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Astron. Astrophys. 329, L21-L24 (1998)

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4. Discussion

4.1. Origin of the continuum polarization

The observed [FORMULA] 2% continuum polarization is very difficult to interpret in terms of scattered nuclear light diluted by unpolarized stellar emission because this would require an unreasonably large ([FORMULA] 70%) intrinsic polarization. Besides, in such a scenario the P spectra should contain narrow [OIII], [SII] absorption, unless the NLR intrinsic polarization is finely tuned to avoid this effect.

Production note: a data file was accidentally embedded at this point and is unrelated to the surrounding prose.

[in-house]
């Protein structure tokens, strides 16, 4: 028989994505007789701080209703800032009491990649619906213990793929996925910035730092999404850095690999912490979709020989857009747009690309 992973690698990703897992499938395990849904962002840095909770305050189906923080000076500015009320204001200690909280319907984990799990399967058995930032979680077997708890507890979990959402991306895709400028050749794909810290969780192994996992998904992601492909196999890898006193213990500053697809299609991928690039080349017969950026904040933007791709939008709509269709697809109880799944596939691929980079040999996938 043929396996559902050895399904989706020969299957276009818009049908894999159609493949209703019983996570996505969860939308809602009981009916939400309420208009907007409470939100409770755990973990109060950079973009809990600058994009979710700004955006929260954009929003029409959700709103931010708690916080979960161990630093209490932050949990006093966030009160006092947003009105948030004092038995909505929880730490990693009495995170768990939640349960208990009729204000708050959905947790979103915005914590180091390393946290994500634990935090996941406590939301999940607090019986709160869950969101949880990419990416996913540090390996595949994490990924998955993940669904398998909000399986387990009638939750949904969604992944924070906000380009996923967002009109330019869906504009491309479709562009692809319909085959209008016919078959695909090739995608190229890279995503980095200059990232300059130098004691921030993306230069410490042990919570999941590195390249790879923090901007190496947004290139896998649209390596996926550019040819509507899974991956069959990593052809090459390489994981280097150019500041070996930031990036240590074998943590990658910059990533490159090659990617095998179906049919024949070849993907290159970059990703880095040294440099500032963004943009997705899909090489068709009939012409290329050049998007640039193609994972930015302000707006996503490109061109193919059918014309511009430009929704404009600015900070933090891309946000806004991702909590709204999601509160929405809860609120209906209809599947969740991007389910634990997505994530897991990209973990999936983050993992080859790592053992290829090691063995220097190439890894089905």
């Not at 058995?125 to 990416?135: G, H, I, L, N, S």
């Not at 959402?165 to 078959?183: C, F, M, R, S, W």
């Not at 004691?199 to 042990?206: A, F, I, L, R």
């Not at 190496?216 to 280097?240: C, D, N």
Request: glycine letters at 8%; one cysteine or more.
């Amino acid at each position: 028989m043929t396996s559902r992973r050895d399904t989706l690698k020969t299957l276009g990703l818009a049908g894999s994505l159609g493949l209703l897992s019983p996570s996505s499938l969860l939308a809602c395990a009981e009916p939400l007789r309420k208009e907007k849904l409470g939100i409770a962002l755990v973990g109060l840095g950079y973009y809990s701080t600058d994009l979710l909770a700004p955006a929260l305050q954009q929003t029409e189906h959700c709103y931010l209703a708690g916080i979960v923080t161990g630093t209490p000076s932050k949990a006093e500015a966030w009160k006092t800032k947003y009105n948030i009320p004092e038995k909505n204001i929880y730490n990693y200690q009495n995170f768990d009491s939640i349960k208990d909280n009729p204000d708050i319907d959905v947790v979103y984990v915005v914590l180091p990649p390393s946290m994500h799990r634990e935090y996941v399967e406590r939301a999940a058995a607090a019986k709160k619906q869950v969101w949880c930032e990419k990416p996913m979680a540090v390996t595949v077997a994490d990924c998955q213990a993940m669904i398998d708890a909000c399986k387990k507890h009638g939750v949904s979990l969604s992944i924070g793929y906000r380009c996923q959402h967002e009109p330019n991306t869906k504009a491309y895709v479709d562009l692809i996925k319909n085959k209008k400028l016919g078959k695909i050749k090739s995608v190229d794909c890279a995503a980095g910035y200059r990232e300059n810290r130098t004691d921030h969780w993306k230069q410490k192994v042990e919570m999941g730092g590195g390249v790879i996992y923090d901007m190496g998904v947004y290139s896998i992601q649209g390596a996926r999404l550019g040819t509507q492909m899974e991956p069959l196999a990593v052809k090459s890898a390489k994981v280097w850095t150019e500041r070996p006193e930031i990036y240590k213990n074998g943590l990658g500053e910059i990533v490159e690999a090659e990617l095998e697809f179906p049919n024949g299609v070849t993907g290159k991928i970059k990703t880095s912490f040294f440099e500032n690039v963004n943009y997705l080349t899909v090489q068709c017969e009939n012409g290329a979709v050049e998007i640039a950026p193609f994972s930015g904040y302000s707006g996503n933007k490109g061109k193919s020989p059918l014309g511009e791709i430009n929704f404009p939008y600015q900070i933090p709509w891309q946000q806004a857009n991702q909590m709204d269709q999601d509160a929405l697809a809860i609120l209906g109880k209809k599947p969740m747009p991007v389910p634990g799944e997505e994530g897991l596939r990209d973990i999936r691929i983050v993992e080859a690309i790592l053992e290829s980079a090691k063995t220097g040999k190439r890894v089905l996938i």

The most natural interpretation is that all the light (i.e. stars, NLR and scattered BLR) is weakly polarized by either transmission through, or single scattering by the dust in the galactic disk. A highly simplified though plausible scenario is that sketched in Fig. 4 where the observer sees the extincted radiation from the stars, the NLR and the BLR mirror, plus a small fraction of `off-axis' light scattered toward the line of sight by the dust in the disk of the Circinus galaxy. A non-zero polarization is ensured by the asymmetry of the dust distribution whose column density increases toward SE producing the observed sharp extinction gradient, and by the non uniform distribution of the stellar and NLR emission which is strongly peaked on the nucleus (cf. M94). The shape of the observed P spectrum depends on the relative contribution of scattering and transmission polarizations, and the latter is more important in the highly extincted SE region thus producing a flatter P spectrum.